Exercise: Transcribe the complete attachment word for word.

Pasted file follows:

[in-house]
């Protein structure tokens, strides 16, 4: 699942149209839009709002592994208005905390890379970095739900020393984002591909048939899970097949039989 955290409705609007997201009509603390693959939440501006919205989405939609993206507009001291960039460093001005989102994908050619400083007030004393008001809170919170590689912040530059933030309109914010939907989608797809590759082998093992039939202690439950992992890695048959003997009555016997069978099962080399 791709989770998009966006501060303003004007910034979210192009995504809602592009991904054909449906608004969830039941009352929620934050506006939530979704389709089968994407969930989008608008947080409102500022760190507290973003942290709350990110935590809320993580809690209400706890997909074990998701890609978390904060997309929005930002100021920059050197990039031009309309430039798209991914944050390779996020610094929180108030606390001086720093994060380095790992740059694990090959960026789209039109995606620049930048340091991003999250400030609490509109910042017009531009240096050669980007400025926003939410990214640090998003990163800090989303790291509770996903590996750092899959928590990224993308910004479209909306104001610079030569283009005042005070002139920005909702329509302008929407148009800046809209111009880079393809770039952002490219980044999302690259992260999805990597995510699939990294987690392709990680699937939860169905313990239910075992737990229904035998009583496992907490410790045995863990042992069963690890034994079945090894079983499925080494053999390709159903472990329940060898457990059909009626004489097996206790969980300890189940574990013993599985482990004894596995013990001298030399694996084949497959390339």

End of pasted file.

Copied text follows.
[in-house]
């Protein structure tokens, strides 16, 4: 699942149209839009709002592994208005905390890379970095739900020393984002591909048939899970097949039989 955290409705609007997201009509603390693959939440501006919205989405939609993206507009001291960039460093001005989102994908050619400083007030004393008001809170919170590689912040530059933030309109914010939907989608797809590759082998093992039939202690439950992992890695048959003997009555016997069978099962080399 791709989770998009966006501060303003004007910034979210192009995504809602592009991904054909449906608004969830039941009352929620934050506006939530979704389709089968994407969930989008608008947080409102500022760190507290973003942290709350990110935590809320993580809690209400706890997909074990998701890609978390904060997309929005930002100021920059050197990039031009309309430039798209991914944050390779996020610094929180108030606390001086720093994060380095790992740059694990090959960026789209039109995606620049930048340091991003999250400030609490509109910042017009531009240096050669980007400025926003939410990214640090998003990163800090989303790291509770996903590996750092899959928590990224993308910004479209909306104001610079030569283009005042005070002139920005909702329509302008929407148009800046809209111009880079393809770039952002490219980044999302690259992260999805990597995510699939990294987690392709990680699937939860169905313990239910075992737990229904035998009583496992907490410790045995863990042992069963690890034994079945090894079983499925080494053999390709159903472990329940060898457990059909009626004489097996206790969980300890189940574990013993599985482990004894596995013990001298030399694996084949497959390339």